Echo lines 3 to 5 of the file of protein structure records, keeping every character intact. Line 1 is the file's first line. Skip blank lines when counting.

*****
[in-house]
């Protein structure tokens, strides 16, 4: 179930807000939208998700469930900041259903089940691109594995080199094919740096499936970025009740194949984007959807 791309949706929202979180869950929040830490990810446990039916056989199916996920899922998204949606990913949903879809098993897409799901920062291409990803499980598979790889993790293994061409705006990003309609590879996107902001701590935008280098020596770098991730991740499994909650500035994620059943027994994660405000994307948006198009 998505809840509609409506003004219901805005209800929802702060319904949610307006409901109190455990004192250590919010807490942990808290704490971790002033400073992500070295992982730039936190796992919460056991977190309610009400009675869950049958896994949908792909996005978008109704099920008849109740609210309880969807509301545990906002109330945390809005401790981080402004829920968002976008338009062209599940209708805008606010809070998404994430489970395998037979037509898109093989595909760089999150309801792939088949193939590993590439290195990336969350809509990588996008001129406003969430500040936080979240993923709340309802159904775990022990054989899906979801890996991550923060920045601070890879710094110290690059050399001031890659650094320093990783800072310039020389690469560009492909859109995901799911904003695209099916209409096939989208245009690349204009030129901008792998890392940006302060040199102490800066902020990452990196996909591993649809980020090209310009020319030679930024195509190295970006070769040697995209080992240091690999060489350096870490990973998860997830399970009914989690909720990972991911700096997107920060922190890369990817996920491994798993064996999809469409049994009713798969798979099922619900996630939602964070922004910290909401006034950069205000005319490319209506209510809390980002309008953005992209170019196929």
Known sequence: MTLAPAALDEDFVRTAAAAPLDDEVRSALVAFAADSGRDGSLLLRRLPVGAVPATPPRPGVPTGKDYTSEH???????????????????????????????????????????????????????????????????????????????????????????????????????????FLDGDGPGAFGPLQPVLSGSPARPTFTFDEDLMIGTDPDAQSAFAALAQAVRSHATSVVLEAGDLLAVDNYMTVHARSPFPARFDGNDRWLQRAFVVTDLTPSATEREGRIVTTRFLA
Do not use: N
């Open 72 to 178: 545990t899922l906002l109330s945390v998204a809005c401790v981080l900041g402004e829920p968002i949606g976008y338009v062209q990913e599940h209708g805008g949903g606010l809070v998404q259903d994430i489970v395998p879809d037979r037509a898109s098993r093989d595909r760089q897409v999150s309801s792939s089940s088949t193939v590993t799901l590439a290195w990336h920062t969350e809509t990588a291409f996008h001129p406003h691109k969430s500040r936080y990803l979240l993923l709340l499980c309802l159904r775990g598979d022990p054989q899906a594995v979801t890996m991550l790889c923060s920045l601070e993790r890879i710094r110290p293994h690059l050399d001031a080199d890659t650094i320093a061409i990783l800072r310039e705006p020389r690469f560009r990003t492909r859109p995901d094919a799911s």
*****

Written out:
Known sequence: MTLAPAALDEDFVRTAAAAPLDDEVRSALVAFAADSGRDGSLLLRRLPVGAVPATPPRPGVPTGKDYTSEH???????????????????????????????????????????????????????????????????????????????????????????????????????????FLDGDGPGAFGPLQPVLSGSPARPTFTFDEDLMIGTDPDAQSAFAALAQAVRSHATSVVLEAGDLLAVDNYMTVHARSPFPARFDGNDRWLQRAFVVTDLTPSATEREGRIVTTRFLA
Do not use: N
């Open 72 to 178: 545990t899922l906002l109330s945390v998204a809005c401790v981080l900041g402004e829920p968002i949606g976008y338009v062209q990913e599940h209708g805008g949903g606010l809070v998404q259903d994430i489970v395998p879809d037979r037509a898109s098993r093989d595909r760089q897409v999150s309801s792939s089940s088949t193939v590993t799901l590439a290195w990336h920062t969350e809509t990588a291409f996008h001129p406003h691109k969430s500040r936080y990803l979240l993923l709340l499980c309802l159904r775990g598979d022990p054989q899906a594995v979801t890996m991550l790889c923060s920045l601070e993790r890879i710094r110290p293994h690059l050399d001031a080199d890659t650094i320093a061409i990783l800072r310039e705006p020389r690469f560009r990003t492909r859109p995901d094919a799911s």